First off, let me say that I’m sorry to get this out so late in the day… I had an exam today, so the better part of the day was spent studying and mentally preparing myself to think about something other than baseball. With that said, let’s get on to our preview of the ALCS, which features the Yankees and the Rangers.
As we detailed in the divisional series previews, the Yankees are the highest-scoring team in baseball, scoring 5.3 runs per game in the regular season and 5.66 so far in the playoffs. Their run prevention has been pretty much league-average this season (4.27 RPG, 13th in the league in the regular season). However, they held the Twins to 7 runs in 3 games in their divisional series sweep, so there’s a chance they’re getting hot at the right time. We’ll see.
The Rangers, on the other hand, rely on offensive balance and a strong rotation and bullpen to get the job done. They were 5th in the league in runs scored in the regular season and 11th in run prevention, so while they stand out in neither category they’ve been pretty good in both. For comparison, they’ve allowed 4.24 runs per game and scored 4.86. While they’re a better run prevention team than the Yanks, the gap in runs scored is big, so the Rangers will need to do a great job suppressing they Yankees’ potent offense or have their own lineup catch fire. Especially with Josh Hamilton’s ribs not fully recovered (he went 2 for 18 against the Rays with six punchouts. Ouch), if the Rangers are going to win I’m guessing it’s going to have to be the former. Fortunately, the Rangers have the pitching to do it.
The first game of this series, in Arlington, will feature CC Sabathia, the Yankees ace and a 5.1 WAR player this season. Opposing Sabathia will be CJ Wilson, the Rangers second choice to lead off the series (Cliff Lee pitched game 5 of the Rays series to give the Rangers’ franchise their first ever playoff series victory). Wilson is no slouch, putting up 4.4 WAR and a 3.56 FIP. Wilson also pitched extremely well for the Rangers in the ALDS, going 6.1 scoreless innings and giving up only two hits while striking out 7 Rays for a game score of 74. I’d favor the Yankees to win this matchup, but I believe Wilson has a chance to come up huge for the Rangers and shut down the venerable Yankees offense.
Game 2, again a home game for Texas, would match up Phil Hughes and Colby Lewis. Texas has the WAR advantage in this one, as Lewis is also a 4.4 WAR pitcher, while Hughes only amassed 2.4 WAR in 174.1 innings in the regular season. Hughes pitched extremely well against the Twins, going 7 scoreless innings and allowing only 4 hits while striking out 6. Lewis was also relatively good in his last start, going only 5 innings but giving up 2 hits and striking out 5. However, he did walk 5 Rays, with uncharacteristically bad control. Still, the Rangers have a pretty good shot to take this game.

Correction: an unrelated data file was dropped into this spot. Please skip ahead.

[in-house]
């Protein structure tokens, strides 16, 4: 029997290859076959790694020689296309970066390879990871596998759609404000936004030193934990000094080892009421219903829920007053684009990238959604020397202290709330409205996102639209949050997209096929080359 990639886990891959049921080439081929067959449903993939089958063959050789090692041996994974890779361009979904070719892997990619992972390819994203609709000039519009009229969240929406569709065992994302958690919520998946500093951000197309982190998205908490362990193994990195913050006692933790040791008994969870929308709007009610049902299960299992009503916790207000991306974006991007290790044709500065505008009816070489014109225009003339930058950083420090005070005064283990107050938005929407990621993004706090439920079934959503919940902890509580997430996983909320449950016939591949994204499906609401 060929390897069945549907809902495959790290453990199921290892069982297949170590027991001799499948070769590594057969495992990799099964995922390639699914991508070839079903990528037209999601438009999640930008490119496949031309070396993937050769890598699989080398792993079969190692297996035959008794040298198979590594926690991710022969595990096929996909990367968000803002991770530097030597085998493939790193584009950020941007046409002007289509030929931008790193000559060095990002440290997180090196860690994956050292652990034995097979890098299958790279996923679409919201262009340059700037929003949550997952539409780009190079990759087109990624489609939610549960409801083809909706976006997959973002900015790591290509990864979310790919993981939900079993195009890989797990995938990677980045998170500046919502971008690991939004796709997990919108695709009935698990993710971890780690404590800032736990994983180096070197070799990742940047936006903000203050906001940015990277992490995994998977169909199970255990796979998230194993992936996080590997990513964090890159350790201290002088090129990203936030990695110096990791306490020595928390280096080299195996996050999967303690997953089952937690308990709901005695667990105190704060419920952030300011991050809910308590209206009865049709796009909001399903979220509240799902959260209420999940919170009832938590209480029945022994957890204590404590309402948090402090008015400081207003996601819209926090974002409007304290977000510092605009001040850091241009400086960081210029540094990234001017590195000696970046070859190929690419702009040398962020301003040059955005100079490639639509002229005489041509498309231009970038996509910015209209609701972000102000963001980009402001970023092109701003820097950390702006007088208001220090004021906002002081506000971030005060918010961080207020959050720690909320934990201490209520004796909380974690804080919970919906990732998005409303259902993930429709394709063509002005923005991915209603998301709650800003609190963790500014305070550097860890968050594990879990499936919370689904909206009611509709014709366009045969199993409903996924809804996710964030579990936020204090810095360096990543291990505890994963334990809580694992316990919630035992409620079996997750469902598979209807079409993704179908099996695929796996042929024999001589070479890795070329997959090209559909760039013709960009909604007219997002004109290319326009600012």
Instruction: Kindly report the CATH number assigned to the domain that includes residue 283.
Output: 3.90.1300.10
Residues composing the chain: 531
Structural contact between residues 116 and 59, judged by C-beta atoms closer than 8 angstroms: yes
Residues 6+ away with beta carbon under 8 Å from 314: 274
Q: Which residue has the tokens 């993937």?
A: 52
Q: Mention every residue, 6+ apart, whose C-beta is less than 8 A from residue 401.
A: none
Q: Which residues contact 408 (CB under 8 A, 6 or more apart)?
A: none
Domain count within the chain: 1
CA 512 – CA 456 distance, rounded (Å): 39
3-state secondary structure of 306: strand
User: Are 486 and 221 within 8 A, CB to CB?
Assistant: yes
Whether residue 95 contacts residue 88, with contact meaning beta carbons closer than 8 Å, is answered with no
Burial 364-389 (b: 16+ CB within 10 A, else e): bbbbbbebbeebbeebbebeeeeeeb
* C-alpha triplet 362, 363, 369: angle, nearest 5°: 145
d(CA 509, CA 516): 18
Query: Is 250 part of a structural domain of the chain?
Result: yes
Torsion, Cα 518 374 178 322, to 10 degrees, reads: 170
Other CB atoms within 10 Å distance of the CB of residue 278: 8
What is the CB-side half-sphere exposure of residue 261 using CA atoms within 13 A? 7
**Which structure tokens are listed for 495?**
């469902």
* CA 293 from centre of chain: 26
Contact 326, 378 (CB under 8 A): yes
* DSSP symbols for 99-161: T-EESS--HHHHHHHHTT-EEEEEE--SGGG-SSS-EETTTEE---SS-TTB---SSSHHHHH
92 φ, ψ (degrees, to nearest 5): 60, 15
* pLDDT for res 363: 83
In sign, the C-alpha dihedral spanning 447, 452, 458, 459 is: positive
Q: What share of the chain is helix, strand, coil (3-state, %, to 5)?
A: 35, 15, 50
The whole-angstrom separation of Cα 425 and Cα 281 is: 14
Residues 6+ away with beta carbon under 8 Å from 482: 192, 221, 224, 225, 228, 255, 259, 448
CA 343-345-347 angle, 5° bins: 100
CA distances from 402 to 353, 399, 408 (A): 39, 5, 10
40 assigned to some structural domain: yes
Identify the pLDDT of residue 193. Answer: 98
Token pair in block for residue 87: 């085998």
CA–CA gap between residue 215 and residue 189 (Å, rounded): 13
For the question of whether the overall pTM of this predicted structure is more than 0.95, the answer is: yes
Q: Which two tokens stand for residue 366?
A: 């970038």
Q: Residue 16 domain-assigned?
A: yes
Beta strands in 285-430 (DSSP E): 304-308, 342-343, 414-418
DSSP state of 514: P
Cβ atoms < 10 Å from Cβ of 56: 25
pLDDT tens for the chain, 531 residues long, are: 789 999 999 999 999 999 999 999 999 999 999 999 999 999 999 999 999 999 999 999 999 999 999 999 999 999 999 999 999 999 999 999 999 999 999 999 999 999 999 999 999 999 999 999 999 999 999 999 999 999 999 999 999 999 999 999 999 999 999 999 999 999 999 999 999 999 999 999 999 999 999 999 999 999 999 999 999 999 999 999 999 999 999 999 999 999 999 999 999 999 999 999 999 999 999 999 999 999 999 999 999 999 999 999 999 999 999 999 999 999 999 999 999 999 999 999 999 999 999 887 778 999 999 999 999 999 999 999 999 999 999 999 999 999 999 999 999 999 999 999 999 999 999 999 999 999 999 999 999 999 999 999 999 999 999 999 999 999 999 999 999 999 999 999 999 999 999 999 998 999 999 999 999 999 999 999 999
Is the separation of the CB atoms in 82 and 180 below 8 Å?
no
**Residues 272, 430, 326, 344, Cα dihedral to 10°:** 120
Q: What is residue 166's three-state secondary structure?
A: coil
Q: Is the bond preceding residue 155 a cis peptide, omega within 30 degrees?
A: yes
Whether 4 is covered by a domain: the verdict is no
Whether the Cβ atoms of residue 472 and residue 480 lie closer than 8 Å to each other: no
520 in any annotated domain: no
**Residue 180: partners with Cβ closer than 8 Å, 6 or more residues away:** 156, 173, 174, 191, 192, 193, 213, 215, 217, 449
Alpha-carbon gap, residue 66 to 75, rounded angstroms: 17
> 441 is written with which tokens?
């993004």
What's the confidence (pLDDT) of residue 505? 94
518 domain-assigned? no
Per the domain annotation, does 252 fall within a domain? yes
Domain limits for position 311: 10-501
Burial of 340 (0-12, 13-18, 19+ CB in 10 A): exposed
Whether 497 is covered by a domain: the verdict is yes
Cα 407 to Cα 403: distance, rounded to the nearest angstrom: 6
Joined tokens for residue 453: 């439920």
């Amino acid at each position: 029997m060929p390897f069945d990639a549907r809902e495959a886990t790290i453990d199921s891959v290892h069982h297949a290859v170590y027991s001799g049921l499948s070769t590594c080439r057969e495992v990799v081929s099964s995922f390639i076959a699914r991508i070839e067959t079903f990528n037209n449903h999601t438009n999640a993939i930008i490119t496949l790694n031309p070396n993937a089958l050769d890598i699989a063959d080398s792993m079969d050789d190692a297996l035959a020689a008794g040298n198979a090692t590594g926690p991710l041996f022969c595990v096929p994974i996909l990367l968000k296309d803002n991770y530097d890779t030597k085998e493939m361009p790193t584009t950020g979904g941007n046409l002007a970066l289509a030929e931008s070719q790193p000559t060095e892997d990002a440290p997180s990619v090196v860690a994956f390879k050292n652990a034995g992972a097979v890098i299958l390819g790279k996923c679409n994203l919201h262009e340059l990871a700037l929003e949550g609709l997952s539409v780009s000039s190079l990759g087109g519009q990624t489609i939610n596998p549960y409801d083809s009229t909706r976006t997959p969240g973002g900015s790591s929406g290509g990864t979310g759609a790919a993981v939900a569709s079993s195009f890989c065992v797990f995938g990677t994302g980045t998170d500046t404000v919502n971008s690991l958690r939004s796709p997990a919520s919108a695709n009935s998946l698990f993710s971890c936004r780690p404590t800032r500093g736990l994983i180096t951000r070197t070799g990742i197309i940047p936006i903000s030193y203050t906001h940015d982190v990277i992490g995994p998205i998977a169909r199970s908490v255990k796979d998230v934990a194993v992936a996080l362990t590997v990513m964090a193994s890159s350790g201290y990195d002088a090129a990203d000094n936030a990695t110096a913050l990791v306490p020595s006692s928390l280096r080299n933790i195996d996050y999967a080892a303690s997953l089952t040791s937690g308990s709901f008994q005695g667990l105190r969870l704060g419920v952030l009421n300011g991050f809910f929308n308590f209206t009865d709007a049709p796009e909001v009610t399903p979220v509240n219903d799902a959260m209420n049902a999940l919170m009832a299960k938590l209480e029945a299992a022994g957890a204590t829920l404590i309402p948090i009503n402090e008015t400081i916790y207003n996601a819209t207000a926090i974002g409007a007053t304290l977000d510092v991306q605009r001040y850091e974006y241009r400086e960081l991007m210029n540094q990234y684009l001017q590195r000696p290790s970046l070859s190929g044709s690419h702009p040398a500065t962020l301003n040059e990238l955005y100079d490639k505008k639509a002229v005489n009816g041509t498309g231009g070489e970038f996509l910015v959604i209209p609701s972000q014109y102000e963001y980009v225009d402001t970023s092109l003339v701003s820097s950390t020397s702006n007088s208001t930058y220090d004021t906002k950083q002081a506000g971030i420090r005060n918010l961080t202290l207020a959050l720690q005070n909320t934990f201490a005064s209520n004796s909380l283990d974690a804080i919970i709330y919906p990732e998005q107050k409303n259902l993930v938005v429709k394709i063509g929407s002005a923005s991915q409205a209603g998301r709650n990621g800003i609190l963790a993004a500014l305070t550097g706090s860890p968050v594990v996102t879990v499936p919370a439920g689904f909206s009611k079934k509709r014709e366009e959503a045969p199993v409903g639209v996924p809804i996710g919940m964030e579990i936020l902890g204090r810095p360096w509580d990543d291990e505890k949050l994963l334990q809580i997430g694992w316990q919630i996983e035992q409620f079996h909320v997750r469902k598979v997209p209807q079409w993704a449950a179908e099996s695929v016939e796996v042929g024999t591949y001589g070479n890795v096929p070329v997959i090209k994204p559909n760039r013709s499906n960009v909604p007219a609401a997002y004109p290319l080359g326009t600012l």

With the series moving to New York, the Rangers will pitch Cliff Lee, their true ace, as he will finally be rested after his game 7 start. Lee has dazzled this season, putting up 7 WAR between the Mariners and Rangers and ending the season with a FIP of 2.58, best in the AL. Lee’s control has been legendary, as he’s walked only 18 batters this season. The Yankees have dropped Andy Pettitte down to the third game to face him off with Lee. Pettitte has only been a 2.3 WAR guy this year, but he’s always been a good playoff performer and seems to step up in big games. As for the question of that as a repeatable skill, I’m not sure I believe it, but we’ll see what Pettitte can do.
Game 4 will feature the Rangers’ Tommy Hunter and the Bronx Bombers’ AJ Burnett. Neither has been particularly impressive, with Hunter putting up 0.7 WAR in 128 innings and Burnett totaling 1.3 WAR in 186.2 frames.
After that, the rotations will turn back over, setting up Lee and Pettitte for a potential game 7 matchup. The Rangers will have a pretty good shot at winning any of these pitching matchups, so the question will be whether good pitching on the Rangers’ part can overcome the Yankees’ great hitting. I’m going to say it does and Lee clinches his second playoff series win of the year by throwing a strong 7th game. The Rangers win both of Lee’s starts and one each of Wilson and Lewis’.